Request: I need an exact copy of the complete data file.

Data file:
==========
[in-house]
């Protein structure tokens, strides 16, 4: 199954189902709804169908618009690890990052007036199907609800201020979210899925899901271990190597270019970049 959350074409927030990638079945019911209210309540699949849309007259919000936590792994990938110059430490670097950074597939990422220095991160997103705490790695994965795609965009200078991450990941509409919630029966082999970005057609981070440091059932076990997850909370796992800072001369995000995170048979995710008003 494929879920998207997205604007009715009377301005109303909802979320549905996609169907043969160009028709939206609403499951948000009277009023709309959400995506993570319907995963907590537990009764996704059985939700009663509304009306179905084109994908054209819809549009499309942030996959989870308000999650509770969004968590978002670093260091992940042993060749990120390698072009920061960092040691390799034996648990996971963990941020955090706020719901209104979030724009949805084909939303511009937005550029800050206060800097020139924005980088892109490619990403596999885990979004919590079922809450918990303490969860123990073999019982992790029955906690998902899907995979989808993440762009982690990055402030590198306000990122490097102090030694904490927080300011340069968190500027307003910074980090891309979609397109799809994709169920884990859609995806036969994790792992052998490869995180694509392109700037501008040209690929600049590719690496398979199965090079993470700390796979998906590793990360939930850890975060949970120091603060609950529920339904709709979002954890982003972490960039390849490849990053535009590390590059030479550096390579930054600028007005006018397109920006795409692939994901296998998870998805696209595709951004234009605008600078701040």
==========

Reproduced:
[in-house]
């Protein structure tokens, strides 16, 4: 199954189902709804169908618009690890990052007036199907609800201020979210899925899901271990190597270019970049 959350074409927030990638079945019911209210309540699949849309007259919000936590792994990938110059430490670097950074597939990422220095991160997103705490790695994965795609965009200078991450990941509409919630029966082999970005057609981070440091059932076990997850909370796992800072001369995000995170048979995710008003 494929879920998207997205604007009715009377301005109303909802979320549905996609169907043969160009028709939206609403499951948000009277009023709309959400995506993570319907995963907590537990009764996704059985939700009663509304009306179905084109994908054209819809549009499309942030996959989870308000999650509770969004968590978002670093260091992940042993060749990120390698072009920061960092040691390799034996648990996971963990941020955090706020719901209104979030724009949805084909939303511009937005550029800050206060800097020139924005980088892109490619990403596999885990979004919590079922809450918990303490969860123990073999019982992790029955906690998902899907995979989808993440762009982690990055402030590198306000990122490097102090030694904490927080300011340069968190500027307003910074980090891309979609397109799809994709169920884990859609995806036969994790792992052998490869995180694509392109700037501008040209690929600049590719690496398979199965090079993470700390796979998906590793990360939930850890975060949970120091603060609950529920339904709709979002954890982003972490960039390849490849990053535009590390590059030479550096390579930054600028007005006018397109920006795409692939994901296998998870998805696209595709951004234009605008600078701040």